An extraordinary collection of photographs by the acclaimed underwater photographer.
Text by David Doubilet
Beneath the surface of the world's waters lie landscapes, species, vegetations and populations as diverse and splendid as those on land, yet these kingdoms have been explored by few. Water Light Time is an extraordinary look at the work of David Doubilet, a pioneering artist and diver who is widely acclaimed as the world's leading underwater photographer.
From the shores of the Galapagos to the Red Sea, from the Pacific Ocean to the fresh waters of North America, Water Light Time includes over twenty-five years of Doubilet's work, to reveal the mesmerizing beauty of more than thirty bodies of water rich with fascinating life forms.
'A showcase for the work of National Geographic's David Doubilet, an heir to Cousteau and Cartier-Bresson, whose underwater photojournalism, with its painterly contortions of color and geometry, transcends mere reportage.' (The New Yorker)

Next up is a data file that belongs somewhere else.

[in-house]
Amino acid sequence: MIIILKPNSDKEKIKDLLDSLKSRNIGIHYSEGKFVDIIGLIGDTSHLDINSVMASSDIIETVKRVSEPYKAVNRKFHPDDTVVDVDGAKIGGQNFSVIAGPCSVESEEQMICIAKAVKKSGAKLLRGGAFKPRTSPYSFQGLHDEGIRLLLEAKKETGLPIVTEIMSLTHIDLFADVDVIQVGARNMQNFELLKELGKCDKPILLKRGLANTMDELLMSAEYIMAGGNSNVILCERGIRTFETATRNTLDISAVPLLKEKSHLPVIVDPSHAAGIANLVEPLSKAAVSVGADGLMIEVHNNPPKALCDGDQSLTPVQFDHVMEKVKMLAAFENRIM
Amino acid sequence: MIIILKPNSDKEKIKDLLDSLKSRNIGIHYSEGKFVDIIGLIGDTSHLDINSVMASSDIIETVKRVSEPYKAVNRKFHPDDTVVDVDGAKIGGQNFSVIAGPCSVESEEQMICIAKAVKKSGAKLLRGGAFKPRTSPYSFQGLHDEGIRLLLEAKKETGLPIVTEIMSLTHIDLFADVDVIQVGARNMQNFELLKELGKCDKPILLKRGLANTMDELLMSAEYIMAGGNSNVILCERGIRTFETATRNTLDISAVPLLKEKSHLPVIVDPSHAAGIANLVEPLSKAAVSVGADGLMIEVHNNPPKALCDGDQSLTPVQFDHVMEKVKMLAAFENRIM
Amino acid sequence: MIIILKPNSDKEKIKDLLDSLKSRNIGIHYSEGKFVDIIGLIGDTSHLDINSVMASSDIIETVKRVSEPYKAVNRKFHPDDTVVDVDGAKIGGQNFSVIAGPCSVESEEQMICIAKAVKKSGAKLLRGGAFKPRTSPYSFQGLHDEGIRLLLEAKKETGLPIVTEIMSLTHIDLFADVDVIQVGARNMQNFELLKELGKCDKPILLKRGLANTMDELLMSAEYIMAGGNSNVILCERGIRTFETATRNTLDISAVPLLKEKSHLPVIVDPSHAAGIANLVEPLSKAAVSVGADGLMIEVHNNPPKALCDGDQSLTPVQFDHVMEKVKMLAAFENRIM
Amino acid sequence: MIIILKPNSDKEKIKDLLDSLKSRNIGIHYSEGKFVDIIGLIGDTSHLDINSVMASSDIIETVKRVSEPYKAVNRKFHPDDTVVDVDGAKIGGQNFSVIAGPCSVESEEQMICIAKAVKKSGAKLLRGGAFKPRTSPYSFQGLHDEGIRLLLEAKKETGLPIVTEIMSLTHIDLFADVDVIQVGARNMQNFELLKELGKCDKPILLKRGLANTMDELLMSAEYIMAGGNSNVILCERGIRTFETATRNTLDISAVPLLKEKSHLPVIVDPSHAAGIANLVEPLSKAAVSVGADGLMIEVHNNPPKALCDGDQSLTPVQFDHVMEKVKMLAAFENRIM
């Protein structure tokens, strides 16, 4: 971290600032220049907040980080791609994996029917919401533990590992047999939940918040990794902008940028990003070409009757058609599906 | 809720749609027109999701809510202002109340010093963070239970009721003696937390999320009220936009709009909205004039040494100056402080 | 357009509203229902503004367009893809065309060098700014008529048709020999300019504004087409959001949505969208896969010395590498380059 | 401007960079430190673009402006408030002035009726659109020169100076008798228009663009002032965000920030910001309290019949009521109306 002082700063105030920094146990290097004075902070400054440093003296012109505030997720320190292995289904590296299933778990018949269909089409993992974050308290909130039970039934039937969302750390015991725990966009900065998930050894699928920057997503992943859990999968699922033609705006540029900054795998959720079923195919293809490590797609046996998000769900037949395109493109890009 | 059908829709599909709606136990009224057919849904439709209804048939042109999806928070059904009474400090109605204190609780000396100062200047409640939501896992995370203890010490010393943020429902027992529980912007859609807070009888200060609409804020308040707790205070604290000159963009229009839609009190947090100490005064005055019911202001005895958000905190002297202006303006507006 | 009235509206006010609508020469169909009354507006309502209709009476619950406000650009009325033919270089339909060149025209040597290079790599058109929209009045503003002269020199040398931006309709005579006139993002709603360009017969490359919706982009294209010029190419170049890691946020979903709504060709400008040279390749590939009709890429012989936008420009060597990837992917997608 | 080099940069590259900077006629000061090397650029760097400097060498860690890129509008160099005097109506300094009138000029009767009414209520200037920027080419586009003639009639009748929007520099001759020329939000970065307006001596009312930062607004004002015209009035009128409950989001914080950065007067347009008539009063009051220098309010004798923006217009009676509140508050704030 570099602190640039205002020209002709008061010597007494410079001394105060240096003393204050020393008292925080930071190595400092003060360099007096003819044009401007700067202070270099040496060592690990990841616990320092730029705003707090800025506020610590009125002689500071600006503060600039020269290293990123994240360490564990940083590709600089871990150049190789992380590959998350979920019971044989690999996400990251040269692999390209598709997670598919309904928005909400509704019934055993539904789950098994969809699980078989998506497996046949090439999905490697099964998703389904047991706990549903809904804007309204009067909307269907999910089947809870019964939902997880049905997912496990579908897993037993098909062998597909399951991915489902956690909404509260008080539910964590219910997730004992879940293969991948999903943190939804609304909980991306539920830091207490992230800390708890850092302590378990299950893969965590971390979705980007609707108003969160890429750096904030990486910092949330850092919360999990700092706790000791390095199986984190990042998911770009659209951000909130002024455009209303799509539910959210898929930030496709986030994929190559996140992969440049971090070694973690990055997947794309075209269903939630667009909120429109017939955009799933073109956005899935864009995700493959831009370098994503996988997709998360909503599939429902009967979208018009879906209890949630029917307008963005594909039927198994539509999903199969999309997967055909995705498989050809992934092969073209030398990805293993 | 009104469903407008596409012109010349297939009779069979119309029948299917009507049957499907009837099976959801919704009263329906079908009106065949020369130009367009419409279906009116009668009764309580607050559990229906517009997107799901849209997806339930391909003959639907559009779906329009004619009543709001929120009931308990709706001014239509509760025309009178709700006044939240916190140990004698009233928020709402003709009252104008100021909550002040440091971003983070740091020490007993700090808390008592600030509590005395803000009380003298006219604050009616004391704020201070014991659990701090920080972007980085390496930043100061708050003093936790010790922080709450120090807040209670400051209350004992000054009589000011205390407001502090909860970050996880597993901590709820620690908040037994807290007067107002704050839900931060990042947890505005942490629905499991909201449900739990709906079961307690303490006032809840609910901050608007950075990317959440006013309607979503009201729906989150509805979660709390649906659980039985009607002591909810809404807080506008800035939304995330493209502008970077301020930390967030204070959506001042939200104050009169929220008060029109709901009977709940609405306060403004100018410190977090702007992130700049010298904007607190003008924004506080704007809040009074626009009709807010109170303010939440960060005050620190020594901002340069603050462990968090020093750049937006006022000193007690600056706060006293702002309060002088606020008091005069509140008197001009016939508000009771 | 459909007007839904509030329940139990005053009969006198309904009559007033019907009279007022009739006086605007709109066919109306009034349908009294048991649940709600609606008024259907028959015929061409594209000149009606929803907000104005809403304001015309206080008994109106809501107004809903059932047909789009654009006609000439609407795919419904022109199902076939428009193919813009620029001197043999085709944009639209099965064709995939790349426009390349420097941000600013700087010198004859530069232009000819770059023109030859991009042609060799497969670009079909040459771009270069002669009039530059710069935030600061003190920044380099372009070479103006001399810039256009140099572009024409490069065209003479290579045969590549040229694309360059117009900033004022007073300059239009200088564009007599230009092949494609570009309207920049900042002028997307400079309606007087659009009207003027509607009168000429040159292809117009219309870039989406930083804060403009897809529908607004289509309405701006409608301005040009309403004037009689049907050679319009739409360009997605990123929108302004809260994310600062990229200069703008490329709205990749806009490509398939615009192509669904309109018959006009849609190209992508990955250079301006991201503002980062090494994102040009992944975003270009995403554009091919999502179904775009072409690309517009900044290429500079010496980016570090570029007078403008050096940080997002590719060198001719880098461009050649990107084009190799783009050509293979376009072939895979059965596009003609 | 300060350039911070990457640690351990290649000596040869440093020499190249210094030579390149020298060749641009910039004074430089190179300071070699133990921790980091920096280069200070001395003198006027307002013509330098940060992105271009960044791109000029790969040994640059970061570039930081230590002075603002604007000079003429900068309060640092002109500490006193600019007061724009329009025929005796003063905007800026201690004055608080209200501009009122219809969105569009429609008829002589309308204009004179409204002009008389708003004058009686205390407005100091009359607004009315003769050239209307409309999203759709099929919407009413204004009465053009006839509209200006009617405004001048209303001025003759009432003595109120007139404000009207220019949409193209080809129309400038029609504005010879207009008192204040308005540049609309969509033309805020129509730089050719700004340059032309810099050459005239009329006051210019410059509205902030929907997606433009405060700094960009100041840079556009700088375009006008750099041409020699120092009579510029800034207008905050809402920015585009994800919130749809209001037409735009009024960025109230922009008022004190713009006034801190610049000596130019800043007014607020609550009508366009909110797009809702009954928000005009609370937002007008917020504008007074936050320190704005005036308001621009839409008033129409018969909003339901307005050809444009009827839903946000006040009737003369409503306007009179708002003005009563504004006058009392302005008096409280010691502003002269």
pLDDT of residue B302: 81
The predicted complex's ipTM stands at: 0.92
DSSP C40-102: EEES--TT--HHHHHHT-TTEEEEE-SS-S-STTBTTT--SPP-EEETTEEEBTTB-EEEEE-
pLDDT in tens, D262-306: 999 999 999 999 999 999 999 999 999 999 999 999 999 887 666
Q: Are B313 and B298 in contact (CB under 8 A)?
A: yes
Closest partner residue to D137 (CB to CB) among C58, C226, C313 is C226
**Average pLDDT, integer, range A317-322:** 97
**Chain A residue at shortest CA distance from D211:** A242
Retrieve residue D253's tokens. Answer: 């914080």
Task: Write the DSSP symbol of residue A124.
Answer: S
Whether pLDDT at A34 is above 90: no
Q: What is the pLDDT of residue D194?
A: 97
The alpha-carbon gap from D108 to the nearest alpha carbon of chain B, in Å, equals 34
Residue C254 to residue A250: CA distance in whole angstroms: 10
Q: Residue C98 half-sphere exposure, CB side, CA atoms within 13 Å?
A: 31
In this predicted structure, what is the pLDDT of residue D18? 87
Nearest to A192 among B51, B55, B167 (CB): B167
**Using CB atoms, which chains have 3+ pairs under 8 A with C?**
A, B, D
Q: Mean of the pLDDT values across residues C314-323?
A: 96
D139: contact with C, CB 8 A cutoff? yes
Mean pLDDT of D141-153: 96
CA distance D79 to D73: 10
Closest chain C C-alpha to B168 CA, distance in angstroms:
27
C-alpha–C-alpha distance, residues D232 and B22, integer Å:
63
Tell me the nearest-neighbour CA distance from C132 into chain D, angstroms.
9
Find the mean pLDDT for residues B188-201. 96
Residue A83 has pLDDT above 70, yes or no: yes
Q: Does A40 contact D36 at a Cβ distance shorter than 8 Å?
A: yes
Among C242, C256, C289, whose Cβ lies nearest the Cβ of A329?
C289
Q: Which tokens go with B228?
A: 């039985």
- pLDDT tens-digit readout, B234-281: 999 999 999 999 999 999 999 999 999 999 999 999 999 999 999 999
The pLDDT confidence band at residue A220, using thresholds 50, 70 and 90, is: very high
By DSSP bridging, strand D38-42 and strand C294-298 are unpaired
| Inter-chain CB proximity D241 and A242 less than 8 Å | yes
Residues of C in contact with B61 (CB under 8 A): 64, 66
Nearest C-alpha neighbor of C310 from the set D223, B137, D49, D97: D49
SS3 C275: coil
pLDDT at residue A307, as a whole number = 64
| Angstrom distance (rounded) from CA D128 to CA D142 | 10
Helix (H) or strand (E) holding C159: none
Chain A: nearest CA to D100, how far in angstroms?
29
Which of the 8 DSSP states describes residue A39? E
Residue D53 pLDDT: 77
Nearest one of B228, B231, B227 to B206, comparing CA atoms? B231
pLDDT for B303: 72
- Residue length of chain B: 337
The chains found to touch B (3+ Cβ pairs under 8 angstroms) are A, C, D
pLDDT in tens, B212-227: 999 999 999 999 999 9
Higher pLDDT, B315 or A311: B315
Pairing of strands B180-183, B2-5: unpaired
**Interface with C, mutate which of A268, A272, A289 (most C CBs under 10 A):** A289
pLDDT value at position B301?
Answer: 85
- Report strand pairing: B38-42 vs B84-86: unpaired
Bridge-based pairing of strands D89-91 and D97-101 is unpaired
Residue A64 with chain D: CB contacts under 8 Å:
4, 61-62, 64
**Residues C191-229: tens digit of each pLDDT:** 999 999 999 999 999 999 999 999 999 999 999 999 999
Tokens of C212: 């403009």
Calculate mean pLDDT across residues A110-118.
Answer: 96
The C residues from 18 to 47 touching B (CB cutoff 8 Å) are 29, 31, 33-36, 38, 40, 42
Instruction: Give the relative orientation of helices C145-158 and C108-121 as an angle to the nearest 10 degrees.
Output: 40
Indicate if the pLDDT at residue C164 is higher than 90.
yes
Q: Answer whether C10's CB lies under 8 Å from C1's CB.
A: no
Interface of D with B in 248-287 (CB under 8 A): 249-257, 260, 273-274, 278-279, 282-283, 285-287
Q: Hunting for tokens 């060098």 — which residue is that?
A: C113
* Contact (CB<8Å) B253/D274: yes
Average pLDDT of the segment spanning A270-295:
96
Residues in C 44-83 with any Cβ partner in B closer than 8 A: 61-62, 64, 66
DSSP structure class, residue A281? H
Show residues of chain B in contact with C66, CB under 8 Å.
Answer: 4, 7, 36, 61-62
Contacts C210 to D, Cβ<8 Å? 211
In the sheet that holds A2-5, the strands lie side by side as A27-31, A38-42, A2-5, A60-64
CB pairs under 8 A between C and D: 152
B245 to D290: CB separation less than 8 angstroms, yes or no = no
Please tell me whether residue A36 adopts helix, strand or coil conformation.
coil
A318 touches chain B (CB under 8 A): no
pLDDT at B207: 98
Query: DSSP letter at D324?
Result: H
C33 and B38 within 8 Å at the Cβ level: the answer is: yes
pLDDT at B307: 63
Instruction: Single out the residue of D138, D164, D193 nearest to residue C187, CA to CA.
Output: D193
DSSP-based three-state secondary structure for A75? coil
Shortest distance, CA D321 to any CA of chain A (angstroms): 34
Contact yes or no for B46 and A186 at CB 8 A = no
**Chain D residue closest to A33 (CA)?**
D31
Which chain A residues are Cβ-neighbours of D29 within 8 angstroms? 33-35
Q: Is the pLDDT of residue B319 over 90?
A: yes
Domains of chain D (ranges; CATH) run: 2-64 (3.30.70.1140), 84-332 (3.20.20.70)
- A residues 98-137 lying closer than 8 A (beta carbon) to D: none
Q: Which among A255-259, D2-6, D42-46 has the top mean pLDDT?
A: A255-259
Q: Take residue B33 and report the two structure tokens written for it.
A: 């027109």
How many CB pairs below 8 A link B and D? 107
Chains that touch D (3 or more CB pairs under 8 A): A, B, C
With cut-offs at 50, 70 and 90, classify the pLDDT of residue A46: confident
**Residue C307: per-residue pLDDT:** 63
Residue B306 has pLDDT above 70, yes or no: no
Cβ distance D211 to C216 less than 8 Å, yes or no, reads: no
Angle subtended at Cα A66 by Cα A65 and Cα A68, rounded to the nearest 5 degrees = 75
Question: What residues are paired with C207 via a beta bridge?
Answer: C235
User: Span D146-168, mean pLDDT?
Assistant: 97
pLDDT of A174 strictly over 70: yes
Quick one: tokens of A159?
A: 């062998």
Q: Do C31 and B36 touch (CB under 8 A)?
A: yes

'Page after page of mesmerising pictures.' (Arena)
'An inspiring and dramatic book, which takes underwater photography to new levels.' (Dive)
'Mesmerising, astonishing art.' (Sphere)
'A breathtaking book full of awe-inspiring images.' (Good Book Guide)
'You can almost hear the sea with each turn of the page. Buy it.' (Practical Photography)
Born in America in 1946, David Doubilet began snorkelling at the age of eight; by the age of thirteen, he was taking his first underwater photographs with a pre-war Leica in the green sea off the New Jersey coast. Having studied photography at Boston University, he published his first pictures in National Geographic in 1972 and has continued to do so regularly since then, reporting from oceans around the world.
He has captured ground-breaking images of great white sharks, creatures of the undersea desert, flourescent corals and shipwrecks. Widely acclaimed as the world's leading underwater photographer, Doubilet has received numerous awards including 'Pictures of the Year' repeatedly, as well as the prestigious 'Lennart Nilsson Prize' in 2001.